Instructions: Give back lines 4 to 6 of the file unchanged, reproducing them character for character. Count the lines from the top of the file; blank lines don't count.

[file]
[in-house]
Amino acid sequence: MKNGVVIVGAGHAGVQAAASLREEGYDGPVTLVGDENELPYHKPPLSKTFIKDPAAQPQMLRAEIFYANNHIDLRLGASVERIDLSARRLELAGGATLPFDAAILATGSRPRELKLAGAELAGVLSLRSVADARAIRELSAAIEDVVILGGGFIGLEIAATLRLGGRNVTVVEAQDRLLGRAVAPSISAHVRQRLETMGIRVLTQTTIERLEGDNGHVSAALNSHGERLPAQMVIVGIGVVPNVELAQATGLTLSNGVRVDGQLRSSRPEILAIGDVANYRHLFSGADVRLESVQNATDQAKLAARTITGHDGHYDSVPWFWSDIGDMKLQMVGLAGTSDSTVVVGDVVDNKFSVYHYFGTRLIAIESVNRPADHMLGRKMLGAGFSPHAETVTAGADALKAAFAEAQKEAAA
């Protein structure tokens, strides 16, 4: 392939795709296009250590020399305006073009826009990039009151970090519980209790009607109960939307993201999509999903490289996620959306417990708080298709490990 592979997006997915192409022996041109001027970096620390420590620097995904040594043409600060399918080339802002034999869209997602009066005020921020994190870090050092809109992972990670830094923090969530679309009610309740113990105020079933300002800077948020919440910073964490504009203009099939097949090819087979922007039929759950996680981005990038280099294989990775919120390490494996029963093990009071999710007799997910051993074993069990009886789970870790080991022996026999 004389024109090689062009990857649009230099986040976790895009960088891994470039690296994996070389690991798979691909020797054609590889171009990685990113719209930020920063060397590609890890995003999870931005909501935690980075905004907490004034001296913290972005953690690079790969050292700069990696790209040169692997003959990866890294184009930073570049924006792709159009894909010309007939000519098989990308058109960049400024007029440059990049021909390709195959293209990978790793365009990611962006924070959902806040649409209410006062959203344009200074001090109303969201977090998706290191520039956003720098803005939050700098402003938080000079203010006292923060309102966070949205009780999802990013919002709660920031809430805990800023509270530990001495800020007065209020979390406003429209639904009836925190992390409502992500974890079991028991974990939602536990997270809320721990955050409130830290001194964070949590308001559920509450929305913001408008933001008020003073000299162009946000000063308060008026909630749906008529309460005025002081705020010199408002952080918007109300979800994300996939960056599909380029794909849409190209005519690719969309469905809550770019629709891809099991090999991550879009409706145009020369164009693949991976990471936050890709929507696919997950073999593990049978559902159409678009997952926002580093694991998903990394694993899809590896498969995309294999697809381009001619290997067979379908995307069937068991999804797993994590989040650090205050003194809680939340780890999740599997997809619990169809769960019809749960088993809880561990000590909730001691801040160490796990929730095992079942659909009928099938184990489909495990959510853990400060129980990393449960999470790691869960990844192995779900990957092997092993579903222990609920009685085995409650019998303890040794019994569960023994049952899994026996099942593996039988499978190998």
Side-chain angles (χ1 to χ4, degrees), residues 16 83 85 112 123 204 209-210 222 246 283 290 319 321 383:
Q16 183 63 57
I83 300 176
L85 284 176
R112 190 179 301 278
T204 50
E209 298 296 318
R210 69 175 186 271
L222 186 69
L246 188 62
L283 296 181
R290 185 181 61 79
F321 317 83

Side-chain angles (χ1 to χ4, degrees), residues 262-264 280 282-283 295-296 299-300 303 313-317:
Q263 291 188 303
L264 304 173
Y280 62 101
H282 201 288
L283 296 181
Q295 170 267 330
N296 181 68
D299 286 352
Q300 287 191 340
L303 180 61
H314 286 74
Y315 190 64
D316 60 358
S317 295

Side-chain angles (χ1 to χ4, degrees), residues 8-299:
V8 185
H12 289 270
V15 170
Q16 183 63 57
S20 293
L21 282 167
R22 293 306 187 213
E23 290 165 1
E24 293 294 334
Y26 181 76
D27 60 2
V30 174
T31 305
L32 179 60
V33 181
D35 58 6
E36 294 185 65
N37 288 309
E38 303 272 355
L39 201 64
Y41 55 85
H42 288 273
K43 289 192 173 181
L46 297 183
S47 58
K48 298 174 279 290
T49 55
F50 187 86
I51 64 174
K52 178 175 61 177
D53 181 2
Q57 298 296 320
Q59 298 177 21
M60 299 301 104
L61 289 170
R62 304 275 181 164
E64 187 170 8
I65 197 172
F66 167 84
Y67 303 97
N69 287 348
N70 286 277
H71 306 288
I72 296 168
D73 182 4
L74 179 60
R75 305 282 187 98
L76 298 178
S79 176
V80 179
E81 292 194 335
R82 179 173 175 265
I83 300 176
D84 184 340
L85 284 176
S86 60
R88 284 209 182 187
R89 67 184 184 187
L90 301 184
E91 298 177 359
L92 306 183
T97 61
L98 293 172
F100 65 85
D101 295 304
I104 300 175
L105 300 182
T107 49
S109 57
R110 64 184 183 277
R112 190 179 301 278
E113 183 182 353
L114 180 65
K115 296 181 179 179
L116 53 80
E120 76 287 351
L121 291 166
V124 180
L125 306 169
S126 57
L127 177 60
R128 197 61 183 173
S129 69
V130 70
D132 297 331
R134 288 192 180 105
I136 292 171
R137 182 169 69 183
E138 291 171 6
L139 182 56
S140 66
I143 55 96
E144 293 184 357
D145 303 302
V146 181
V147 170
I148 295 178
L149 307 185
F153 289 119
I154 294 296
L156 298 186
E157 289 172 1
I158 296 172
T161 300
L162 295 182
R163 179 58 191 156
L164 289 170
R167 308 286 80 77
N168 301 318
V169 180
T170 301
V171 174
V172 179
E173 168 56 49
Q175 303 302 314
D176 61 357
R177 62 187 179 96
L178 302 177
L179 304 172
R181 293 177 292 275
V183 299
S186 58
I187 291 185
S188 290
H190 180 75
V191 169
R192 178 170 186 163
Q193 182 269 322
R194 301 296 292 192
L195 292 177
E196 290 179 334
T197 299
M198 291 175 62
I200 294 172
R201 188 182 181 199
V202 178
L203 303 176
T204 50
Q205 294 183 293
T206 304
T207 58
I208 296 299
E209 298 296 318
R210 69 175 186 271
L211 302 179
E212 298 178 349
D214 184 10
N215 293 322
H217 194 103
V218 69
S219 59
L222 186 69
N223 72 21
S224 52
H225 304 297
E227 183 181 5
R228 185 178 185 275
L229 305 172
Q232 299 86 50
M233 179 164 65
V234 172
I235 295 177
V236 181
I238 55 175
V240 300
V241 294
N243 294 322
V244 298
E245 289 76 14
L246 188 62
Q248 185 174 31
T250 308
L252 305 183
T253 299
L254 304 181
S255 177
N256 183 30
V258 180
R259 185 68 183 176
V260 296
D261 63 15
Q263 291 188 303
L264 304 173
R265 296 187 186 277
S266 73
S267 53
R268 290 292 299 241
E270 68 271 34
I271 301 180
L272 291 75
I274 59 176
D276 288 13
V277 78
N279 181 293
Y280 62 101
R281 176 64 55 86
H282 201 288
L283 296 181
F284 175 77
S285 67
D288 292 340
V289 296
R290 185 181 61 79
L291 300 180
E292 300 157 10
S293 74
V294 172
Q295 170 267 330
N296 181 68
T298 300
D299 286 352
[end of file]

Side-chain angles (χ1 to χ4, degrees), residues 16 83 85 112 123 204 209-210 222 246 283 290 319 321 383:
Q16 183 63 57
I83 300 176